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VALUE INVESTING - STRATEGIES & RISKS.


What Is Value Investing?


Value investing is an investment strategy that involves picking stocks that appear to be trading for less than their intrinsic or book value. Value investors actively ferret out stocks they think the stock market is underestimating. They believe the market overreacts to good and bad news, resulting in stock price movements that do not correspond to a company's long-term fundamentals. The overreaction offers an opportunity to profit by buying stocks at discounted prices—on sale.

Warren Buffett is probably the best-known value investor today, but there are many others, including Benjamin Graham (Buffett's professor and mentor), David Dodd, Charlie Munger, Christopher Browne (another Graham student), and billionaire hedge-fund manager, Seth Klarman.


How Value Investing Works ?


The basic concept behind everyday value investing is straightforward: If you know the true value of something, you can save a lot of money when you buy it on sale. Most folks would agree that whether you buy a new TV on sale, or at full price, you’re getting the same TV with the same screen size and picture quality.

Stocks work in a similar manner, meaning the company’s stock price can change even when the company’s value or valuation has remained the same. Stocks, like TVs, go through periods of higher and lower demand leading to price fluctuations—but that doesn't change what you’re getting for your money.

Just like savvy shoppers would argue that it makes no sense to pay full price for a TV since TVs go on sale several times a year, savvy value investors believe stocks work the same way. Of course, unlike TVs, stocks won't go on sale at predictable times of the year such as Black Friday, and their sale prices won’t be advertised.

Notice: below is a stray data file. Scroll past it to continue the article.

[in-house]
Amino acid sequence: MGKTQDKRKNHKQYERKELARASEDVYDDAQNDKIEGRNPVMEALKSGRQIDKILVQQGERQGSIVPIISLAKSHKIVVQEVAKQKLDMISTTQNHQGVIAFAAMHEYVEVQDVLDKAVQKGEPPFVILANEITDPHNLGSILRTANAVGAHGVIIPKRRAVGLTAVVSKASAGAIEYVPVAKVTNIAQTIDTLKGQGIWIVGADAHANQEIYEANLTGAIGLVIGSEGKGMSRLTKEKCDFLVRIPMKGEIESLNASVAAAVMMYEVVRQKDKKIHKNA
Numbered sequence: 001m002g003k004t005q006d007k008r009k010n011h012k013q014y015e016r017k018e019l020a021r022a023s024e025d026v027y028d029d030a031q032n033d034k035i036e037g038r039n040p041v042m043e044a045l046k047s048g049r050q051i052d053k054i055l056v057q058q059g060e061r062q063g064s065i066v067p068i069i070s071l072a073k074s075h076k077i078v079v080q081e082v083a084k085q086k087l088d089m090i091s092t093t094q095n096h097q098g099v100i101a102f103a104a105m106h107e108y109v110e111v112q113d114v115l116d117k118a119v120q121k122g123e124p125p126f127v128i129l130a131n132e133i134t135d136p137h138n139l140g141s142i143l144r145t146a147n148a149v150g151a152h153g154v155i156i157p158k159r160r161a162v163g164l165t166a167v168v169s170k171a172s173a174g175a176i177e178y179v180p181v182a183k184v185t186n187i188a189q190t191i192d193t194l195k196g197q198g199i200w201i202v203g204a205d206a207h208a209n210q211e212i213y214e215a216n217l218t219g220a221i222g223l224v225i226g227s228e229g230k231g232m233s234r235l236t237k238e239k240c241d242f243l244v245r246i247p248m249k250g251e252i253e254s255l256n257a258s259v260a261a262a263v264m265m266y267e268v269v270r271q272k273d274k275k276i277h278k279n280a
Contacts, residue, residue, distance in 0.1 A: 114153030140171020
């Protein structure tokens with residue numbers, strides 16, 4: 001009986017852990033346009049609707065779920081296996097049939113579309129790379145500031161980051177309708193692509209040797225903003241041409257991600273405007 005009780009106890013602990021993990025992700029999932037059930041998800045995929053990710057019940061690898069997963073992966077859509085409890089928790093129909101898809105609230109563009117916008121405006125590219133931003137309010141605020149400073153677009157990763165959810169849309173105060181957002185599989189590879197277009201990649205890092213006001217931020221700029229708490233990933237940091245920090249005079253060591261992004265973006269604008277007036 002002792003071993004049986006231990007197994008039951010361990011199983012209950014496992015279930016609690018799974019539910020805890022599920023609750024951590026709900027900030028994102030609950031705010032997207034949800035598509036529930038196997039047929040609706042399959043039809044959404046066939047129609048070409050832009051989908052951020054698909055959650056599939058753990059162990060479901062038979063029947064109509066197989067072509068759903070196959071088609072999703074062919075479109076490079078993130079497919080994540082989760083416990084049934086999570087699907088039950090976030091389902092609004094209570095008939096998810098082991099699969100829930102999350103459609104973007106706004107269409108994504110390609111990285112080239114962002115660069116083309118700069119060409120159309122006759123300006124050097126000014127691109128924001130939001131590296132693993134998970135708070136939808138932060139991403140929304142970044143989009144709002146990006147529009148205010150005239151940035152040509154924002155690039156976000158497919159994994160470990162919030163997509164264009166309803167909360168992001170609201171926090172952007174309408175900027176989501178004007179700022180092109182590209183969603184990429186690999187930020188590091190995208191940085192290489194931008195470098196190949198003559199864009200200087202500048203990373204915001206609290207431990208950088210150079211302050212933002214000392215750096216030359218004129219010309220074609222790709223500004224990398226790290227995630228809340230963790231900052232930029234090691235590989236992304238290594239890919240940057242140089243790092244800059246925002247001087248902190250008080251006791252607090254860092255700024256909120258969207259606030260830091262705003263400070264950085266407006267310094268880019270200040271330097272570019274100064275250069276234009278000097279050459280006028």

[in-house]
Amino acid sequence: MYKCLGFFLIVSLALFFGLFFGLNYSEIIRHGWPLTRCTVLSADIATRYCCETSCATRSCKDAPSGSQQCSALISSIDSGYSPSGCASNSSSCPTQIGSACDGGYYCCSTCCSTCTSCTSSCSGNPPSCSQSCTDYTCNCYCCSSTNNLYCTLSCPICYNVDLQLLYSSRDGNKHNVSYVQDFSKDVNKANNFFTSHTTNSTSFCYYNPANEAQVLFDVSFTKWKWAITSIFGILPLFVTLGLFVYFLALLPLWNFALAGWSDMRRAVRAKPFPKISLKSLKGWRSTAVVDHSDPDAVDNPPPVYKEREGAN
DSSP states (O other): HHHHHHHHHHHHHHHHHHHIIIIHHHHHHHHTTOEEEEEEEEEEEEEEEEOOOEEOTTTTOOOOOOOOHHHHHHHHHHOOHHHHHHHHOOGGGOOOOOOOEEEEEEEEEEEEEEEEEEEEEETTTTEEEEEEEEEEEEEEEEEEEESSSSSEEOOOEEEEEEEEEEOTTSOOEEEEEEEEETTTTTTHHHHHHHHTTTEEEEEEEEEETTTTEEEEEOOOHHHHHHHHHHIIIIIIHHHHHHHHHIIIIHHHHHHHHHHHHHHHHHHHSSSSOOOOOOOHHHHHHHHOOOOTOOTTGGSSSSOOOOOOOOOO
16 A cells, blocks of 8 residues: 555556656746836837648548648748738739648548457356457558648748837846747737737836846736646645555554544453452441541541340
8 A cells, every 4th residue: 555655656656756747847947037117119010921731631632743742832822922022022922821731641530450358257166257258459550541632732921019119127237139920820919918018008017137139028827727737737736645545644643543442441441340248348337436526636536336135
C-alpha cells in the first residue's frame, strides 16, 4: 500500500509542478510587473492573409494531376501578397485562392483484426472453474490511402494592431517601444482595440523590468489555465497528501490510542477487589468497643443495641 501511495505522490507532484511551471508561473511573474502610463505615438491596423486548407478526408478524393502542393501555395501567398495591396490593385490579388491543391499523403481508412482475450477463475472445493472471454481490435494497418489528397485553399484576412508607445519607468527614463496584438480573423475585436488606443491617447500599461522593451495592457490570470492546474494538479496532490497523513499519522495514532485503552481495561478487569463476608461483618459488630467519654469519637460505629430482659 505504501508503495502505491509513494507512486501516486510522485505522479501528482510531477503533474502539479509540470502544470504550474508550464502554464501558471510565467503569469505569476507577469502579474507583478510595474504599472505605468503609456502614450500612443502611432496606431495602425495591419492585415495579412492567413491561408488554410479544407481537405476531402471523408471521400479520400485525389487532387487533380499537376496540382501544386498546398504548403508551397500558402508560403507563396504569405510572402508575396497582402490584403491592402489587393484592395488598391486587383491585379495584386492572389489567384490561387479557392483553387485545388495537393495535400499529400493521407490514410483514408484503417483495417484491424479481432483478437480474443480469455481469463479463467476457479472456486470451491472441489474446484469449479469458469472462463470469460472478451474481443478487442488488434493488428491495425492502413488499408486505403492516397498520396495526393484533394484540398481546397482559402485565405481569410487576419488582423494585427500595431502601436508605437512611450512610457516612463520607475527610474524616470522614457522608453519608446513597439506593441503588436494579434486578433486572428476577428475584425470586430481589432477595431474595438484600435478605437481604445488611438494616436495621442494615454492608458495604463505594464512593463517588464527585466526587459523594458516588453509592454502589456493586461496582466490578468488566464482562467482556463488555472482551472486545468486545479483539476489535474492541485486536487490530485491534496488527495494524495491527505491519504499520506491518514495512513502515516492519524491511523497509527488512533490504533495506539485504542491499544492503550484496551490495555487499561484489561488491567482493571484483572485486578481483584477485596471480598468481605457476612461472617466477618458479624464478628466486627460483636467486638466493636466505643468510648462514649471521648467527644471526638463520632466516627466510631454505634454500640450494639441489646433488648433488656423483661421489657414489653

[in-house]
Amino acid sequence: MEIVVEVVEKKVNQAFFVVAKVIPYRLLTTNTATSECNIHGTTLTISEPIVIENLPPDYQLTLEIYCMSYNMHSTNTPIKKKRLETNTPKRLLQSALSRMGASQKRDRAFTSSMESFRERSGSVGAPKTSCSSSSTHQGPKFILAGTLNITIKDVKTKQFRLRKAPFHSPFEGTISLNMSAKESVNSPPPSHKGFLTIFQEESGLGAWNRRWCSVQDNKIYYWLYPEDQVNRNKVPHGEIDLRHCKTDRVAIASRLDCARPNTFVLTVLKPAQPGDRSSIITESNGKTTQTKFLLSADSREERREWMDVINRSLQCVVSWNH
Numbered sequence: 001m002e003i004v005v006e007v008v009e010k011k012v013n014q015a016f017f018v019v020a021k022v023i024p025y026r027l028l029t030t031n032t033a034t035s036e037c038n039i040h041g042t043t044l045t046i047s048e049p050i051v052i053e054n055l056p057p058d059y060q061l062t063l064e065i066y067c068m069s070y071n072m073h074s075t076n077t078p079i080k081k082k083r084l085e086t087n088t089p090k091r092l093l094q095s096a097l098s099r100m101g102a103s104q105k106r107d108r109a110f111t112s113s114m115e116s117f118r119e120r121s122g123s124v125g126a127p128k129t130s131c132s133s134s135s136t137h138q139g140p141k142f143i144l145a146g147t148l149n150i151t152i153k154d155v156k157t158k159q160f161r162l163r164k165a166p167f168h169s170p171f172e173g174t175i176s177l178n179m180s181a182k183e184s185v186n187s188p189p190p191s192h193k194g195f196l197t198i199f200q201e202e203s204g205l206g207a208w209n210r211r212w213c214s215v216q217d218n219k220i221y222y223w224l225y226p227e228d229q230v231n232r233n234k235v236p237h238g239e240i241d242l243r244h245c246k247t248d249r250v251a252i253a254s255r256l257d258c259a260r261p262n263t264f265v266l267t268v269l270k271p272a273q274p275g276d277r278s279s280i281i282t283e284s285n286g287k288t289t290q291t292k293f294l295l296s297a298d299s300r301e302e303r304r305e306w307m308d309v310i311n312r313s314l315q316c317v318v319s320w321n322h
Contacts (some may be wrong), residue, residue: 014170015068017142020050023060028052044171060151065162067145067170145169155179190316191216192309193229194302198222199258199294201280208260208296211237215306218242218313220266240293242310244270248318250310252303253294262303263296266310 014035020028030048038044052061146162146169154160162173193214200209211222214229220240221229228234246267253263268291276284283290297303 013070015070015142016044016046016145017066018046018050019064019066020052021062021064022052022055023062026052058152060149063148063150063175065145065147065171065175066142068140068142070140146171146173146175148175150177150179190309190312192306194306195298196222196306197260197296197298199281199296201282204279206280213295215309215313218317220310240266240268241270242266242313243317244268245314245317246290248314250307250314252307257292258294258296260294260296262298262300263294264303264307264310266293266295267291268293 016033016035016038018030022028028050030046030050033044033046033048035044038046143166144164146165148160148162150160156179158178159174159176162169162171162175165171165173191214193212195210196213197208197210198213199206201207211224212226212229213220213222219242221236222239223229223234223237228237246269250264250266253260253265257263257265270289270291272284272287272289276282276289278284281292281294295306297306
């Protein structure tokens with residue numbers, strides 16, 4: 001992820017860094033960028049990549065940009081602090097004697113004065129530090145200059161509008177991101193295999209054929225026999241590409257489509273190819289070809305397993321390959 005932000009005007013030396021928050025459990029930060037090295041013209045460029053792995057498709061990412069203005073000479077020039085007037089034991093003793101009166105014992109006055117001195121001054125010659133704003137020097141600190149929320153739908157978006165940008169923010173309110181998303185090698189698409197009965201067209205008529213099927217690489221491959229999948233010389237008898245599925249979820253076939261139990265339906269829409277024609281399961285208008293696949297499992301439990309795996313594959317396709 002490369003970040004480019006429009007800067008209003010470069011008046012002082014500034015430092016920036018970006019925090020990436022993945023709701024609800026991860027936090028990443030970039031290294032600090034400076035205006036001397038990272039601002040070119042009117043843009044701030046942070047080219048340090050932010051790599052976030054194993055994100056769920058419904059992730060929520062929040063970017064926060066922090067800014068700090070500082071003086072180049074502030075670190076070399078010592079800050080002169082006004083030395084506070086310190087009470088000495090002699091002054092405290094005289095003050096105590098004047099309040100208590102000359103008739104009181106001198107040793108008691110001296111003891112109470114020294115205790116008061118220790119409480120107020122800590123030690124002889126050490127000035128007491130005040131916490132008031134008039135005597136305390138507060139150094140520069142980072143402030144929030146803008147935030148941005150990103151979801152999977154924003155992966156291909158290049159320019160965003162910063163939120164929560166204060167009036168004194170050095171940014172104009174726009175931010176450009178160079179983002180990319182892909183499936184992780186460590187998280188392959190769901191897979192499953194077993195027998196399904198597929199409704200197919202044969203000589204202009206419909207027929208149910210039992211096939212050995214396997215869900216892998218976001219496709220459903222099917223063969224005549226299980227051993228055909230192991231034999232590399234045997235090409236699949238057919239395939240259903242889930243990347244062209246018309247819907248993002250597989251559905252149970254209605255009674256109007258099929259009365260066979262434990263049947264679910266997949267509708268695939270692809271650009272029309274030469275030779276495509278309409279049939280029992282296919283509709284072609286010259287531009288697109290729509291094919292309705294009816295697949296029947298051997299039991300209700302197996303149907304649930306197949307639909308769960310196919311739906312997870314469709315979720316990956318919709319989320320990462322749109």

Value investing is the process of doing detective work to find these secret sales on stocks and buying them at a discount compared to how the market values them. In return for buying and holding these value stocks for the long term, investors can be rewarded handsomely.

What is intrinsic value & value investing ?


Intrinsic value is a core concept that value investors use to uncover hidden investment opportunities. In options trading, intrinsic value is the difference between the current price of an asset and the strike price of the option. When an asset's market price is below its intrinsic value, it may be a smart investment.

Value investing is the art of buying stocks which trade at a significant discount to their intrinsic value. Value investors achieve this by looking for companies on cheap valuation metrics, typically low multiples of their profits or assets, for reasons which are not justified over the longer term.

What is the Margin of Safety in Value Investing ?


Margin of safety is a principle of investing in which an investor only purchases securities when their market price is significantly below their intrinsic value. In other words, when the market price of a security is significantly below your estimation of its intrinsic value, the difference is the margin of safety.

The value represented by your margin of safety is your buffer against becoming unprofitable. In the real world, the minimum margin of safety percentage to aim for generally depends on your cost structure.
If your costs are largely variable, then a margin of safety percentage of 20%–25% may be acceptable.

The margin of safety also makes you less likely to lose money if the stock doesn’t perform as you had expected.




The key to buying an undervalued stock is to thoroughly research the company and make common-sense decisions. Value investor Christopher H. Browne recommends asking if a company is likely to increase its revenue via the following methods: